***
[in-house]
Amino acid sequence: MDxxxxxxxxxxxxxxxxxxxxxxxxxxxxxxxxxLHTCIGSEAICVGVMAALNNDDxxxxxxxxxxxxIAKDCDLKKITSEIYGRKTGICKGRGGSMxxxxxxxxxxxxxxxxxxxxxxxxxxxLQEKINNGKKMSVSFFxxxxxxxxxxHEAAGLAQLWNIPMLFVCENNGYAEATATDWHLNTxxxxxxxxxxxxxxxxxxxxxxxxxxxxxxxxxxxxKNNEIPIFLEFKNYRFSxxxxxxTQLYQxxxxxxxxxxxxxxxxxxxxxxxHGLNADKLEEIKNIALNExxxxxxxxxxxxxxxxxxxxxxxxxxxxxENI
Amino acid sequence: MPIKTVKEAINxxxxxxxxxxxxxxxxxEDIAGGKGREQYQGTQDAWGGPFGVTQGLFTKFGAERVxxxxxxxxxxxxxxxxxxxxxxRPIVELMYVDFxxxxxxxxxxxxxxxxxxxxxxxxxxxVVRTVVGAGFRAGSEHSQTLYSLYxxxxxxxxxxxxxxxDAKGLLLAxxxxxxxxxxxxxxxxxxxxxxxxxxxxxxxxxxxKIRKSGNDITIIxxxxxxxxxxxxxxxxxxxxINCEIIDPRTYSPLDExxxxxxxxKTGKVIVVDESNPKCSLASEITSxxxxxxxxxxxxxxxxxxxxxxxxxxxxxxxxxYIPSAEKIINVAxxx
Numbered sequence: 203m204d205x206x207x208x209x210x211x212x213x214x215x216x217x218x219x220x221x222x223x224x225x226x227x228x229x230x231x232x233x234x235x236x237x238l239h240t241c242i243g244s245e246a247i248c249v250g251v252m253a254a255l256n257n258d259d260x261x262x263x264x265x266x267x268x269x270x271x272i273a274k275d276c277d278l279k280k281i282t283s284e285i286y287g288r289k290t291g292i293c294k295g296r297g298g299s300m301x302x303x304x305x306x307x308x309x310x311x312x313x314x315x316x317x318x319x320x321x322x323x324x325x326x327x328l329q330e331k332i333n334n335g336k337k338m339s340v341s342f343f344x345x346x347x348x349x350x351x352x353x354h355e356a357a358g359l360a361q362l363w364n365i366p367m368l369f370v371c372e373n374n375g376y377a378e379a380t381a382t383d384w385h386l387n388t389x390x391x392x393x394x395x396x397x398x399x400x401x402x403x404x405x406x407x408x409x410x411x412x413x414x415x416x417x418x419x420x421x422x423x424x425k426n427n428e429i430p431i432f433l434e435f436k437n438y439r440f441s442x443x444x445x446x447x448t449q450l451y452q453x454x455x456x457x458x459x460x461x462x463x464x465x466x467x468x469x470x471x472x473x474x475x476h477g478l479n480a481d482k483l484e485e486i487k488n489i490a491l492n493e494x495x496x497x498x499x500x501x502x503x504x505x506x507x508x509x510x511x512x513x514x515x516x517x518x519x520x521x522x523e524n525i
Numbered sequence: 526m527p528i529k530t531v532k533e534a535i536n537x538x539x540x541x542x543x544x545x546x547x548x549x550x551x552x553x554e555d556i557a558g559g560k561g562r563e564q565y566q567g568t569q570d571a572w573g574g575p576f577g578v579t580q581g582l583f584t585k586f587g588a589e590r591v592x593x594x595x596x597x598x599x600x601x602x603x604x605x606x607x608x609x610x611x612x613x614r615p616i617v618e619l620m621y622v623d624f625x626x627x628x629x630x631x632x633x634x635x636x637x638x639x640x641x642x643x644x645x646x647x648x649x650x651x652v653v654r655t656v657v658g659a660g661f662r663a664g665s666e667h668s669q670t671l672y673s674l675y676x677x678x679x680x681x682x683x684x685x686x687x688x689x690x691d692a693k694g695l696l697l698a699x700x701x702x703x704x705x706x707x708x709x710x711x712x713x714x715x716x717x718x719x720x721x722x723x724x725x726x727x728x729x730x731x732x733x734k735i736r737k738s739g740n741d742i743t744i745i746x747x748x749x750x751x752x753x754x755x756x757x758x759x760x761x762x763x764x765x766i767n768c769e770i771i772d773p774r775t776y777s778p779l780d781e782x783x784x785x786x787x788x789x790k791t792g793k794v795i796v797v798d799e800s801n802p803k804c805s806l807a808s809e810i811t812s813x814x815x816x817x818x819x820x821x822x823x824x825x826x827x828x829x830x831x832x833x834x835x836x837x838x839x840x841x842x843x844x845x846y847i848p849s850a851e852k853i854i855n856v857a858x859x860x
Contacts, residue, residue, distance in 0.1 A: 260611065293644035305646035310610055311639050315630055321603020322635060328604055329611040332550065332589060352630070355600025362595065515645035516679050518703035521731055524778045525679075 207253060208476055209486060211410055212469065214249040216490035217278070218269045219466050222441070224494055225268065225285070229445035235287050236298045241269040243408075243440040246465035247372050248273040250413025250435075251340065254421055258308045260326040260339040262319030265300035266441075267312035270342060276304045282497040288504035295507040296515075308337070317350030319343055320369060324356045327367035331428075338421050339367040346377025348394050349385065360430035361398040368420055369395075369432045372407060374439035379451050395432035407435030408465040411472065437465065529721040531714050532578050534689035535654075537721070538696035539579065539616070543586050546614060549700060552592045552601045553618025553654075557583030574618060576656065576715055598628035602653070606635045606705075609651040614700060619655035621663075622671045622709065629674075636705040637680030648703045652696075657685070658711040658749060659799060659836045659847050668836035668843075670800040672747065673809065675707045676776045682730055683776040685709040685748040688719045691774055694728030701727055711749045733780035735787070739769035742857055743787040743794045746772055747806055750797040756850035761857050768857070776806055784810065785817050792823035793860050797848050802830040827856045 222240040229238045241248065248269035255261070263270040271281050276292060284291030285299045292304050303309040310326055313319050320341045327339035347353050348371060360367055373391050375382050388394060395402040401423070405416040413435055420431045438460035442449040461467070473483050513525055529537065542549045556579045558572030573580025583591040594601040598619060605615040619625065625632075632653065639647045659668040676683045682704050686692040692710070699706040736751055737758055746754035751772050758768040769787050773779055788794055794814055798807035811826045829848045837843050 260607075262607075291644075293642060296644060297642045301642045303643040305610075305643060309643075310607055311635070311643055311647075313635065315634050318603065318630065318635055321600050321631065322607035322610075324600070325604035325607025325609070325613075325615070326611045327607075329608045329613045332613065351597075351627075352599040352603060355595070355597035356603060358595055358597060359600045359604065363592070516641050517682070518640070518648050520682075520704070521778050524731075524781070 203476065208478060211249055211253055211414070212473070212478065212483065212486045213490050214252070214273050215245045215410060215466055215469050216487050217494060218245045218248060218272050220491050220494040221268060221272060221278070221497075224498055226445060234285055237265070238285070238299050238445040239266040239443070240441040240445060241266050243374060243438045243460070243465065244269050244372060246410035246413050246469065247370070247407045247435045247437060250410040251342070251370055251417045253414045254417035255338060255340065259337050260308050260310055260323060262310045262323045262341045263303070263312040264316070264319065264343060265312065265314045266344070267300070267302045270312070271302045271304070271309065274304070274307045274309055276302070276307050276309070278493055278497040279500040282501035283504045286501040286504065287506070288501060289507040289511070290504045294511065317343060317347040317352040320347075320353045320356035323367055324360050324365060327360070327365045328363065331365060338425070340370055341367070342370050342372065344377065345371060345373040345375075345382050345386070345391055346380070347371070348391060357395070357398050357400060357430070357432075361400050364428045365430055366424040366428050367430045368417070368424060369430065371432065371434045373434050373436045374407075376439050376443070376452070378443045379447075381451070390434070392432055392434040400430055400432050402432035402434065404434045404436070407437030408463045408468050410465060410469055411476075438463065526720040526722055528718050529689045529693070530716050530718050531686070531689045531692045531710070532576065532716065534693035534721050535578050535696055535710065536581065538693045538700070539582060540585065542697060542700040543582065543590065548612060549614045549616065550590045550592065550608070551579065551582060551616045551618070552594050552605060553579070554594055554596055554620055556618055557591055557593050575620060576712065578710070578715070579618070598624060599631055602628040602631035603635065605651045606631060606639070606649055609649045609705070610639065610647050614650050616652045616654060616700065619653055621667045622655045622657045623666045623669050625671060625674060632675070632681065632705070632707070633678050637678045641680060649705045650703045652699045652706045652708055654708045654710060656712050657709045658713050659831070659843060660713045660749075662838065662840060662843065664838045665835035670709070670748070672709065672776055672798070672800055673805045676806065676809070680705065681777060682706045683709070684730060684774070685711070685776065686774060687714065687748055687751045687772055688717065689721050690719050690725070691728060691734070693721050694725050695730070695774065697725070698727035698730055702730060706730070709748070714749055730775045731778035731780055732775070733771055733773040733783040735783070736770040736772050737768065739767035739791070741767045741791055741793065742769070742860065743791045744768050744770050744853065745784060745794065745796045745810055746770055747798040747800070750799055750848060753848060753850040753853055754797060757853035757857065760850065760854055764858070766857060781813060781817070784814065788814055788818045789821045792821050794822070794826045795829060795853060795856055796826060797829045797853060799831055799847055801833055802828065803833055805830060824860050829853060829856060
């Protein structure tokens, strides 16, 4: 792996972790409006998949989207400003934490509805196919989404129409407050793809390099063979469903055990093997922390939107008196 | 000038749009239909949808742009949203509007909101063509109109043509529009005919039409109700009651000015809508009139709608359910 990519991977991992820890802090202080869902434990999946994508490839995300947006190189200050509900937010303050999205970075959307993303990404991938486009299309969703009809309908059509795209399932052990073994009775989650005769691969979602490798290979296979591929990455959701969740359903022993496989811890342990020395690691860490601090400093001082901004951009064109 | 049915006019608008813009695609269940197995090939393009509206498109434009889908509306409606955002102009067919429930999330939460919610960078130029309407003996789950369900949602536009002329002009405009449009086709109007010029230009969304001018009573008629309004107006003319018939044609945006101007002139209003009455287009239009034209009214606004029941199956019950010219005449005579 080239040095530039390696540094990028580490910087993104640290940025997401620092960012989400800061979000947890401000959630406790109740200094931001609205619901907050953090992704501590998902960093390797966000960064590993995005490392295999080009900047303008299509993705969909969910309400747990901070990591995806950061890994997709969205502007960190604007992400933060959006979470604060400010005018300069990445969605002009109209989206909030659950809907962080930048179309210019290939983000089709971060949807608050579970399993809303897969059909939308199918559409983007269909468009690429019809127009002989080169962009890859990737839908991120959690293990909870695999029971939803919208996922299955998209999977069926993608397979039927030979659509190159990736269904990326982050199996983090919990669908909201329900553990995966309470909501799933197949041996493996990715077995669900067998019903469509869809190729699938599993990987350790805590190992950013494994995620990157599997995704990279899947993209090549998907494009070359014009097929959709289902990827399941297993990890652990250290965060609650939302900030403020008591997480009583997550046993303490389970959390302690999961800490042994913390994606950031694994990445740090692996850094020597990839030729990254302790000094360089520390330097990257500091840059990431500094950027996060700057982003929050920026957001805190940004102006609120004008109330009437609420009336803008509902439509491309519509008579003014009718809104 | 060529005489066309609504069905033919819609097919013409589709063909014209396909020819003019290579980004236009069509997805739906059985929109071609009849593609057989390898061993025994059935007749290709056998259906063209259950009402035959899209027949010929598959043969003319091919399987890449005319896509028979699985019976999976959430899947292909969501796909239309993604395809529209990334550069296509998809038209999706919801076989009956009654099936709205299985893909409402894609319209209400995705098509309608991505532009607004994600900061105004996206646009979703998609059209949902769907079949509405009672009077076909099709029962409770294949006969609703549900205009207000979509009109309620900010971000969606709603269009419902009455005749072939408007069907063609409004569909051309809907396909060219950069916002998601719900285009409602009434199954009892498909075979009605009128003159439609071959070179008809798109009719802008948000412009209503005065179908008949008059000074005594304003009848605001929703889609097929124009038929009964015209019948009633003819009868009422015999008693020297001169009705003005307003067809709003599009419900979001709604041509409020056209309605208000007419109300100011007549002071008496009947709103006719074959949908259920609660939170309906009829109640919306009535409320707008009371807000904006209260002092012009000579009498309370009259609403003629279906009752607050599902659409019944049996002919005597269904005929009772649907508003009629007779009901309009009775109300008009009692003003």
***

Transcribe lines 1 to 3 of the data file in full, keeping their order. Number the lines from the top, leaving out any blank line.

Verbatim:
[in-house]
Amino acid sequence: MDxxxxxxxxxxxxxxxxxxxxxxxxxxxxxxxxxLHTCIGSEAICVGVMAALNNDDxxxxxxxxxxxxIAKDCDLKKITSEIYGRKTGICKGRGGSMxxxxxxxxxxxxxxxxxxxxxxxxxxxLQEKINNGKKMSVSFFxxxxxxxxxxHEAAGLAQLWNIPMLFVCENNGYAEATATDWHLNTxxxxxxxxxxxxxxxxxxxxxxxxxxxxxxxxxxxxKNNEIPIFLEFKNYRFSxxxxxxTQLYQxxxxxxxxxxxxxxxxxxxxxxxHGLNADKLEEIKNIALNExxxxxxxxxxxxxxxxxxxxxxxxxxxxxENI
Amino acid sequence: MPIKTVKEAINxxxxxxxxxxxxxxxxxEDIAGGKGREQYQGTQDAWGGPFGVTQGLFTKFGAERVxxxxxxxxxxxxxxxxxxxxxxRPIVELMYVDFxxxxxxxxxxxxxxxxxxxxxxxxxxxVVRTVVGAGFRAGSEHSQTLYSLYxxxxxxxxxxxxxxxDAKGLLLAxxxxxxxxxxxxxxxxxxxxxxxxxxxxxxxxxxxKIRKSGNDITIIxxxxxxxxxxxxxxxxxxxxINCEIIDPRTYSPLDExxxxxxxxKTGKVIVVDESNPKCSLASEITSxxxxxxxxxxxxxxxxxxxxxxxxxxxxxxxxxYIPSAEKIINVAxxx